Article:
In this episode, explore the importance and value of oral history with guest Dr. Stephen Sloan, director of Baylor University’s Institute for Oral History. Library employees Judy Huenneke and Steve Graham engage with Sloan on the art and practice of oral history, including its unique public and historical purpose. Huenneke and Graham are in the process of building a catalog of oral histories that document the living history of the Christian Science movement and the legacy of Mary Baker Eddy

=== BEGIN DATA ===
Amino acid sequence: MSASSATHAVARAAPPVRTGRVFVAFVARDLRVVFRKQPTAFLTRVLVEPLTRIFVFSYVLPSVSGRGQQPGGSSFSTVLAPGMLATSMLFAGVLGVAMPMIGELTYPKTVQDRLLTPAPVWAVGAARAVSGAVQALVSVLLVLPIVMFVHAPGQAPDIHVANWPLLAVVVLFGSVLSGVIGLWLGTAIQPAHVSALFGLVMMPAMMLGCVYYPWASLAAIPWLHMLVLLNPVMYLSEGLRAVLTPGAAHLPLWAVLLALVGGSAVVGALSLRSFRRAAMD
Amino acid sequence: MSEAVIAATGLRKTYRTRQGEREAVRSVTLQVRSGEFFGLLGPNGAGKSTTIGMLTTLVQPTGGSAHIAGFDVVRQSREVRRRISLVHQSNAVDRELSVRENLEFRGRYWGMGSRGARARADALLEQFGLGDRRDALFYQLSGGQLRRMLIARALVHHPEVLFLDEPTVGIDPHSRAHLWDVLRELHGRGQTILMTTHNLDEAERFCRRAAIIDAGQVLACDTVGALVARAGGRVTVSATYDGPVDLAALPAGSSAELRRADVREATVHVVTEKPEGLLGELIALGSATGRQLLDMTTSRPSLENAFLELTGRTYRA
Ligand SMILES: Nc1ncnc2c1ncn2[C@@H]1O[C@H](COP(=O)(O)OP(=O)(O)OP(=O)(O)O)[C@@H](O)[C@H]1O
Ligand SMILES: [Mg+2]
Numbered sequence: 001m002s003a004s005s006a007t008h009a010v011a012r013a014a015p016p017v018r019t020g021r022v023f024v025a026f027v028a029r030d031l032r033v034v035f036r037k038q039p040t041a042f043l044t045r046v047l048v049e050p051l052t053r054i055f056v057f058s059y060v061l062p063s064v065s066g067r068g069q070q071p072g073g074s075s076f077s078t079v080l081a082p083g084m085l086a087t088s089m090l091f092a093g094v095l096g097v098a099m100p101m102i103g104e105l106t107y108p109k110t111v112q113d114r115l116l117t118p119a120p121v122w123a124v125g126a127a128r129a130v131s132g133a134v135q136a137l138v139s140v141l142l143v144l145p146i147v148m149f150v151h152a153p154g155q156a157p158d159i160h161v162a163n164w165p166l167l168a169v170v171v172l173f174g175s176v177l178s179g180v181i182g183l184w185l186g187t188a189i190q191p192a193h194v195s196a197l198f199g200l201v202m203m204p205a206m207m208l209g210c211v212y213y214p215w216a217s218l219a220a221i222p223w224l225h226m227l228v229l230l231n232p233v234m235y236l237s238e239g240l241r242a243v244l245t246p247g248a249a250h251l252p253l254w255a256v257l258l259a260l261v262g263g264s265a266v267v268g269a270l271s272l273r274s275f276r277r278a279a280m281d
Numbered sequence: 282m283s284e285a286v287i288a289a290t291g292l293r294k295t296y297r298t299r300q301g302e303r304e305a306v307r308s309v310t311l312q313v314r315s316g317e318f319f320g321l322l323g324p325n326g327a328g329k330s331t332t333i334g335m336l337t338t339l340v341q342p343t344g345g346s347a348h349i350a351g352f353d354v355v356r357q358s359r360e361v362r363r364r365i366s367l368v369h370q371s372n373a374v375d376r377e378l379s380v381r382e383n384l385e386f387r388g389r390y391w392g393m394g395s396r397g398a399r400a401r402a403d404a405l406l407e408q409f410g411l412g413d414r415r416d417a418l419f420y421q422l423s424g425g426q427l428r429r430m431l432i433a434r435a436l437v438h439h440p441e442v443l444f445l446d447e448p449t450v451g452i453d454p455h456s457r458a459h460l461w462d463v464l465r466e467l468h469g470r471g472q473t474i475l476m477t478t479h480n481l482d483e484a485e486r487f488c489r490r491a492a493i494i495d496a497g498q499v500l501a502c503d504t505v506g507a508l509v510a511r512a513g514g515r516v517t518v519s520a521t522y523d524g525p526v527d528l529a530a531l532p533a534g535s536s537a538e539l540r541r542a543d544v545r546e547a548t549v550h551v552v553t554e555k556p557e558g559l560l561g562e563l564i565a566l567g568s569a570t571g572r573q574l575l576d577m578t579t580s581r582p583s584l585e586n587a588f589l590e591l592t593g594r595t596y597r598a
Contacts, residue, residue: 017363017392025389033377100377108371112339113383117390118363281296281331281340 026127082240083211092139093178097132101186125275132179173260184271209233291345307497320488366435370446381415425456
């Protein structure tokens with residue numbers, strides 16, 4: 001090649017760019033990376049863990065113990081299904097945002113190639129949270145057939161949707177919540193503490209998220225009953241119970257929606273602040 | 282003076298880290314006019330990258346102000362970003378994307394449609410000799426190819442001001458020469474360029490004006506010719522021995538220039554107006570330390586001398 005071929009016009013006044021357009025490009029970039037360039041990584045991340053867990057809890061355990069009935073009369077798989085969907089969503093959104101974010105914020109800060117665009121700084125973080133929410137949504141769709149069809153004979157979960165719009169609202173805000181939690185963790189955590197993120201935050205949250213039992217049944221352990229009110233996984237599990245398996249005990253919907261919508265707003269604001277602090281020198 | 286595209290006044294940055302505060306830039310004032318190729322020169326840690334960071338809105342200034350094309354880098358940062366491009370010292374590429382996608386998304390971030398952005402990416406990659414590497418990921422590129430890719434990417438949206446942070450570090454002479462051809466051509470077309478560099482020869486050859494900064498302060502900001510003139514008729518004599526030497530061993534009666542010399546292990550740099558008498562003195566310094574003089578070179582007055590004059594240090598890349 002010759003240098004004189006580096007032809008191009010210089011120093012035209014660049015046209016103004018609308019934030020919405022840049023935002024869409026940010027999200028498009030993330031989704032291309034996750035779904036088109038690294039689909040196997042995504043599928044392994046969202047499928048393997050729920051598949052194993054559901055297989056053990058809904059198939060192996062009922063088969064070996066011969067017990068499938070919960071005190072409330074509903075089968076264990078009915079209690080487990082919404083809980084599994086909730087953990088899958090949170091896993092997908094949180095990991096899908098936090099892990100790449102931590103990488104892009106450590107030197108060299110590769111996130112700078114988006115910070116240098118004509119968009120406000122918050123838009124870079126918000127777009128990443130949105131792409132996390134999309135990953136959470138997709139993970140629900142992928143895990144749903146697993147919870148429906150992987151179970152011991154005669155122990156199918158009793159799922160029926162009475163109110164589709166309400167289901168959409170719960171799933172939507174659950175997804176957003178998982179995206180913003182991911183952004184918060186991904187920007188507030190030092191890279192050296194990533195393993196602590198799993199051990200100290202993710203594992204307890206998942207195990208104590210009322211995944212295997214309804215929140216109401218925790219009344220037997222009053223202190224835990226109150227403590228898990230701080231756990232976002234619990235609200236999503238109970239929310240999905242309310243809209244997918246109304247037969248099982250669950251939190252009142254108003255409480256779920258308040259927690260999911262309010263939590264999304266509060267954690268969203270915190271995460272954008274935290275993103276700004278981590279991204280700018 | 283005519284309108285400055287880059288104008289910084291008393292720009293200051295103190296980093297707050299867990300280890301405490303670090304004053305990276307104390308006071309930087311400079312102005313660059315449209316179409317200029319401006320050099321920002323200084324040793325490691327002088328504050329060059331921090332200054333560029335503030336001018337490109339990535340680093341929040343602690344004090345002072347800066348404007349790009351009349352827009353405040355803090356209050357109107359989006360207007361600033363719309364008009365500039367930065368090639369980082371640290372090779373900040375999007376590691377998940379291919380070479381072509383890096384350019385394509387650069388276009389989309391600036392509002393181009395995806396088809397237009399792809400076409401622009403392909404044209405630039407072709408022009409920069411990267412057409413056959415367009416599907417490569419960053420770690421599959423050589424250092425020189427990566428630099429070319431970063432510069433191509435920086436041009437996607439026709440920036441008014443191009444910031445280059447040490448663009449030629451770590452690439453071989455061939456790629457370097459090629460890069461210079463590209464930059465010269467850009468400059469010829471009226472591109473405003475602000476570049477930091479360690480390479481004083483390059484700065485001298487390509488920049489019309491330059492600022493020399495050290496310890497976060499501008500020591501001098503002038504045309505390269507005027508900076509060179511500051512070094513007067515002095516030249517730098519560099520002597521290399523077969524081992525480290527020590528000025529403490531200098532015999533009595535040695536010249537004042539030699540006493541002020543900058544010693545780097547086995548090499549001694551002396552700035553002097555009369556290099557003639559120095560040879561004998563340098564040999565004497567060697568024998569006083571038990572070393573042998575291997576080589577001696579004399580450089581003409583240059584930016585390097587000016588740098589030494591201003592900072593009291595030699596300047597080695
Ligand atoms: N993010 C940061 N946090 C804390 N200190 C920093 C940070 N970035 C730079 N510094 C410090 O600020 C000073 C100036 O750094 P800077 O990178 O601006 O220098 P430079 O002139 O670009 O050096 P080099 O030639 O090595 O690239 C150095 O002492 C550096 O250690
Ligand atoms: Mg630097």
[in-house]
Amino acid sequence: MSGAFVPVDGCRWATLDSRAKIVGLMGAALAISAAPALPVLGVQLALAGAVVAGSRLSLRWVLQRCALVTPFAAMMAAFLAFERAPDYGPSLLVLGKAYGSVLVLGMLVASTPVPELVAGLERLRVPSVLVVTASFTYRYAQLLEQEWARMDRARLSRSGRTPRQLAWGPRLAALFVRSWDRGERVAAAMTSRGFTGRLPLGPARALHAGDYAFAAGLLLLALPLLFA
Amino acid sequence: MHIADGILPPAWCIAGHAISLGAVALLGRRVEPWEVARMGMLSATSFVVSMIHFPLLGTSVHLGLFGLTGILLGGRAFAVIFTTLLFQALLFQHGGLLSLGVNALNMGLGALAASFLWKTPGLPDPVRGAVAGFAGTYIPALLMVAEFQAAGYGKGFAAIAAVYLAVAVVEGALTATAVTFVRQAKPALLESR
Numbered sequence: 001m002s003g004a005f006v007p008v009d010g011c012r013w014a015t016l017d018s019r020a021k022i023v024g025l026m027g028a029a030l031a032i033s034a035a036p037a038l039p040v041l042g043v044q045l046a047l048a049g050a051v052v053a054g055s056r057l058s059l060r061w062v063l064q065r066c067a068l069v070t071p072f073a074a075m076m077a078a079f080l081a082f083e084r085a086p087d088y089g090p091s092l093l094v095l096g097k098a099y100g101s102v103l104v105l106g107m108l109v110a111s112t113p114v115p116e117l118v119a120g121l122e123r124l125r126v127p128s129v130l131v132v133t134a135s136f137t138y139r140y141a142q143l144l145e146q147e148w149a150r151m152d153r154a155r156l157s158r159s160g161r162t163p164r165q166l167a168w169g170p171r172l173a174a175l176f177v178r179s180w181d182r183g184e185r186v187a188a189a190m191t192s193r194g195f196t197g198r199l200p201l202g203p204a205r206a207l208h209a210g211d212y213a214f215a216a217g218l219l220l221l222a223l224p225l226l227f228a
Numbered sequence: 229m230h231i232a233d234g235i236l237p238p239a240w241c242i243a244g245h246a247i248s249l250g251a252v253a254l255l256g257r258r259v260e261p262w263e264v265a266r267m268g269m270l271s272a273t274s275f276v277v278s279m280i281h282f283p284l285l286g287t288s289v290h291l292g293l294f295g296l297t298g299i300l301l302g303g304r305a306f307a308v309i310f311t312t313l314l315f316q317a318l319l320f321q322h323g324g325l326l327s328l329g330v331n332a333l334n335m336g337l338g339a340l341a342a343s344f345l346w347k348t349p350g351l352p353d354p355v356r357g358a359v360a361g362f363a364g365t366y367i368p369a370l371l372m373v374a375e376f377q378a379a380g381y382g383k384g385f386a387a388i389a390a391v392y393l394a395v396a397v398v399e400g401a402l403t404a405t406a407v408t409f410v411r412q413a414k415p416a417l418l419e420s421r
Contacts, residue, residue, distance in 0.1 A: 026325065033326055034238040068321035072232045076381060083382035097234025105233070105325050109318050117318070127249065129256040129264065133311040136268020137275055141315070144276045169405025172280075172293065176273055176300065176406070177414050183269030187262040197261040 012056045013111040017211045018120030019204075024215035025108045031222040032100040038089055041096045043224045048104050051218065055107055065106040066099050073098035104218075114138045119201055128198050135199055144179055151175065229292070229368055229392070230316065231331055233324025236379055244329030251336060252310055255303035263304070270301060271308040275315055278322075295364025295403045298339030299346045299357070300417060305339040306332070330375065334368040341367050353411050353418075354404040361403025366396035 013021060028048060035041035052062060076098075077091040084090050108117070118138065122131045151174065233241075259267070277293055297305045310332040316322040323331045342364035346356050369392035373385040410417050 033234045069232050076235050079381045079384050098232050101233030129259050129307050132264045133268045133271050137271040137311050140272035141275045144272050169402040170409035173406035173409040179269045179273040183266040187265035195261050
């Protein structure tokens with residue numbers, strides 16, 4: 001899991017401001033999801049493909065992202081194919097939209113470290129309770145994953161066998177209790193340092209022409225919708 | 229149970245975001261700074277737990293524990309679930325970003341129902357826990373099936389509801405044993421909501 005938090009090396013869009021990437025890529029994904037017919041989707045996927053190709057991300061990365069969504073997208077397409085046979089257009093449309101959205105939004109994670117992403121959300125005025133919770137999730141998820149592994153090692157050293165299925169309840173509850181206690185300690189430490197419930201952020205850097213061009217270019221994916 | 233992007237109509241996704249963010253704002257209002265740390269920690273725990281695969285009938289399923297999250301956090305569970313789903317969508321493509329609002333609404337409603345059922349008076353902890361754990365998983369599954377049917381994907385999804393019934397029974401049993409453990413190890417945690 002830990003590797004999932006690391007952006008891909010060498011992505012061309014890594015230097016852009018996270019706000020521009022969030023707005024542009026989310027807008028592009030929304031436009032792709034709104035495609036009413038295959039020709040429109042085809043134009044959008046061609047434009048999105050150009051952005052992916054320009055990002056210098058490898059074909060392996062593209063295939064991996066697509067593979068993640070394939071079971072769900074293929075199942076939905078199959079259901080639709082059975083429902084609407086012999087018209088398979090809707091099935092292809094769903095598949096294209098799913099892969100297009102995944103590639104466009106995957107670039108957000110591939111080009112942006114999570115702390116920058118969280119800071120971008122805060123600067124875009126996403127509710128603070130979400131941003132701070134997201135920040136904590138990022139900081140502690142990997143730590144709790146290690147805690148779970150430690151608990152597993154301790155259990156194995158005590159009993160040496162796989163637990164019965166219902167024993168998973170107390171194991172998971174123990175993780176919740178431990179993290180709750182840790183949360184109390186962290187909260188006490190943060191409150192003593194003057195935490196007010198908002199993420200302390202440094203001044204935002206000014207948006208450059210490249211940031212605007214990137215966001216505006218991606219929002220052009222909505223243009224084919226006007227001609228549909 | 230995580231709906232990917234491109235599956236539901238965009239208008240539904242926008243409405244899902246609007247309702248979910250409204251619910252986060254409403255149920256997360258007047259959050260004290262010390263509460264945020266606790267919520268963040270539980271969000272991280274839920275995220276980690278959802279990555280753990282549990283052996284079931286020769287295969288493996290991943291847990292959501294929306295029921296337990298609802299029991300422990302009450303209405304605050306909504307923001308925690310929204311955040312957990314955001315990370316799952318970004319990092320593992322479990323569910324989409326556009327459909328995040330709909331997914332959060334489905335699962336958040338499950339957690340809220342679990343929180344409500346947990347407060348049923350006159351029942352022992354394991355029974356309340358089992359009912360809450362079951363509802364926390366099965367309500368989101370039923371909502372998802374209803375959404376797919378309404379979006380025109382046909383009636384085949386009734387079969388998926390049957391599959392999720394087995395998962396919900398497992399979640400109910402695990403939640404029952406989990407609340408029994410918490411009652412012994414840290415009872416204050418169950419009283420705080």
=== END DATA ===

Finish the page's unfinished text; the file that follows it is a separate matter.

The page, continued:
Stephen M. Sloan is the director of the Institute for Oral History and an associate professor of history at Baylor University. Dr. Sloan organizes research projects, leads community oral history initiatives, directs grants and contracts, and conducts field interviews. One of his recent projects, based on oral histories with survivors of genocide that now live in the state of Texas, won a 2018 Elizabeth B. Mason Award from the Oral History Association. Dr. Sloan’s publications include the co-edited Listening on the Edge: Oral History in the Aftermath of Crisis (winner of the Oral History Association’s 2015 Book Award) and Tattooed on My Soul: Texans Remember World War II. He is active in the national and international oral history community, a past president of the Oral History Association and a presenter of his work abroad at academic conferences in Liverpool, Prague, Guadalajara, Naples, Istanbul, Buenos Aires, Barcelona, and Jyväskylä, Finland.